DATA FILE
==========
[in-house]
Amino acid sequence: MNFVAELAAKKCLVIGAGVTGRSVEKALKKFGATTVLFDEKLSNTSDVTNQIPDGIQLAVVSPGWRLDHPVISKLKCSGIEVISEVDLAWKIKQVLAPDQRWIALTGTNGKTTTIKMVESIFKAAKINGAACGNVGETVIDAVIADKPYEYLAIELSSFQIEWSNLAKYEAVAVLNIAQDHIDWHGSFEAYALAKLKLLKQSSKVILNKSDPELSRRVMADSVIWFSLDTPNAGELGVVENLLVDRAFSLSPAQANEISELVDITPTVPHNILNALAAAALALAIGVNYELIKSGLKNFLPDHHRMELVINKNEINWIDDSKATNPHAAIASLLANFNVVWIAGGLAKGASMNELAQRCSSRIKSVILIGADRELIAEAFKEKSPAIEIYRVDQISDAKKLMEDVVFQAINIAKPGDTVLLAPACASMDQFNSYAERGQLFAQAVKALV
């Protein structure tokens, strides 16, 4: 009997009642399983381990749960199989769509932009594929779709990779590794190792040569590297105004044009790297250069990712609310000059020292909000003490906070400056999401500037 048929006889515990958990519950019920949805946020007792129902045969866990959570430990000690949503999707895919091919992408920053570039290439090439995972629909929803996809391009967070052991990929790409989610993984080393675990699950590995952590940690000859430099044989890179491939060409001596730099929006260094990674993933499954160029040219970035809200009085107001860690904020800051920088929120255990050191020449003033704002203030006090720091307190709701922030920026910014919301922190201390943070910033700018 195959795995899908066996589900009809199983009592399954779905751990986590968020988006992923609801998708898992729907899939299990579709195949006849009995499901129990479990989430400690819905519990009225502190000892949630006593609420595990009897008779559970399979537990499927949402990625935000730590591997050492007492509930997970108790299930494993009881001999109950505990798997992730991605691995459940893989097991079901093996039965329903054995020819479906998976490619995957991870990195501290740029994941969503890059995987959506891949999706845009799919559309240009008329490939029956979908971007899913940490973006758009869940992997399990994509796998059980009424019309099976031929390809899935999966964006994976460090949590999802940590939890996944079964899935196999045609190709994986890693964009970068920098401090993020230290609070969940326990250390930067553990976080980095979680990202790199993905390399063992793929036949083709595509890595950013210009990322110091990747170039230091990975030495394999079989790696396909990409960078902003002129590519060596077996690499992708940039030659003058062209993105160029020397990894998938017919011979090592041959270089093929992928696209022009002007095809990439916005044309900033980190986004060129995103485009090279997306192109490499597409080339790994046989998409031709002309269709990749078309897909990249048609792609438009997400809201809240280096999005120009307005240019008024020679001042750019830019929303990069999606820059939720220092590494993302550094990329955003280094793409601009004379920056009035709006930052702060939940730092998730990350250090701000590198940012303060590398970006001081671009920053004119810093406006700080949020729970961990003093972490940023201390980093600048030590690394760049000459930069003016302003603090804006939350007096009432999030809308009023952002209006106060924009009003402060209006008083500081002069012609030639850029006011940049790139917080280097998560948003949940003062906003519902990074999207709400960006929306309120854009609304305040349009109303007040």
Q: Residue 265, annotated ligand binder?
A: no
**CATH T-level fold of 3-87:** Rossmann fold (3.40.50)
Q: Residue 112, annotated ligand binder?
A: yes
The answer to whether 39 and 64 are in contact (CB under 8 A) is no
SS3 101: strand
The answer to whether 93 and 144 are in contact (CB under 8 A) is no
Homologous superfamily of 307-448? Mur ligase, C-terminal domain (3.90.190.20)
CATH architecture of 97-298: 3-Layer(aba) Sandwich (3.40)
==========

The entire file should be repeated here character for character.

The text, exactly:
[in-house]
Amino acid sequence: MNFVAELAAKKCLVIGAGVTGRSVEKALKKFGATTVLFDEKLSNTSDVTNQIPDGIQLAVVSPGWRLDHPVISKLKCSGIEVISEVDLAWKIKQVLAPDQRWIALTGTNGKTTTIKMVESIFKAAKINGAACGNVGETVIDAVIADKPYEYLAIELSSFQIEWSNLAKYEAVAVLNIAQDHIDWHGSFEAYALAKLKLLKQSSKVILNKSDPELSRRVMADSVIWFSLDTPNAGELGVVENLLVDRAFSLSPAQANEISELVDITPTVPHNILNALAAAALALAIGVNYELIKSGLKNFLPDHHRMELVINKNEINWIDDSKATNPHAAIASLLANFNVVWIAGGLAKGASMNELAQRCSSRIKSVILIGADRELIAEAFKEKSPAIEIYRVDQISDAKKLMEDVVFQAINIAKPGDTVLLAPACASMDQFNSYAERGQLFAQAVKALV
């Protein structure tokens, strides 16, 4: 009997009642399983381990749960199989769509932009594929779709990779590794190792040569590297105004044009790297250069990712609310000059020292909000003490906070400056999401500037 048929006889515990958990519950019920949805946020007792129902045969866990959570430990000690949503999707895919091919992408920053570039290439090439995972629909929803996809391009967070052991990929790409989610993984080393675990699950590995952590940690000859430099044989890179491939060409001596730099929006260094990674993933499954160029040219970035809200009085107001860690904020800051920088929120255990050191020449003033704002203030006090720091307190709701922030920026910014919301922190201390943070910033700018 195959795995899908066996589900009809199983009592399954779905751990986590968020988006992923609801998708898992729907899939299990579709195949006849009995499901129990479990989430400690819905519990009225502190000892949630006593609420595990009897008779559970399979537990499927949402990625935000730590591997050492007492509930997970108790299930494993009881001999109950505990798997992730991605691995459940893989097991079901093996039965329903054995020819479906998976490619995957991870990195501290740029994941969503890059995987959506891949999706845009799919559309240009008329490939029956979908971007899913940490973006758009869940992997399990994509796998059980009424019309099976031929390809899935999966964006994976460090949590999802940590939890996944079964899935196999045609190709994986890693964009970068920098401090993020230290609070969940326990250390930067553990976080980095979680990202790199993905390399063992793929036949083709595509890595950013210009990322110091990747170039230091990975030495394999079989790696396909990409960078902003002129590519060596077996690499992708940039030659003058062209993105160029020397990894998938017919011979090592041959270089093929992928696209022009002007095809990439916005044309900033980190986004060129995103485009090279997306192109490499597409080339790994046989998409031709002309269709990749078309897909990249048609792609438009997400809201809240280096999005120009307005240019008024020679001042750019830019929303990069999606820059939720220092590494993302550094990329955003280094793409601009004379920056009035709006930052702060939940730092998730990350250090701000590198940012303060590398970006001081671009920053004119810093406006700080949020729970961990003093972490940023201390980093600048030590690394760049000459930069003016302003603090804006939350007096009432999030809308009023952002209006106060924009009003402060209006008083500081002069012609030639850029006011940049790139917080280097998560948003949940003062906003519902990074999207709400960006929306309120854009609304305040349009109303007040």
Q: Residue 265, annotated ligand binder?
A: no
**CATH T-level fold of 3-87:** Rossmann fold (3.40.50)
Q: Residue 112, annotated ligand binder?
A: yes
The answer to whether 39 and 64 are in contact (CB under 8 A) is no
SS3 101: strand
The answer to whether 93 and 144 are in contact (CB under 8 A) is no
Homologous superfamily of 307-448? Mur ligase, C-terminal domain (3.90.190.20)
CATH architecture of 97-298: 3-Layer(aba) Sandwich (3.40)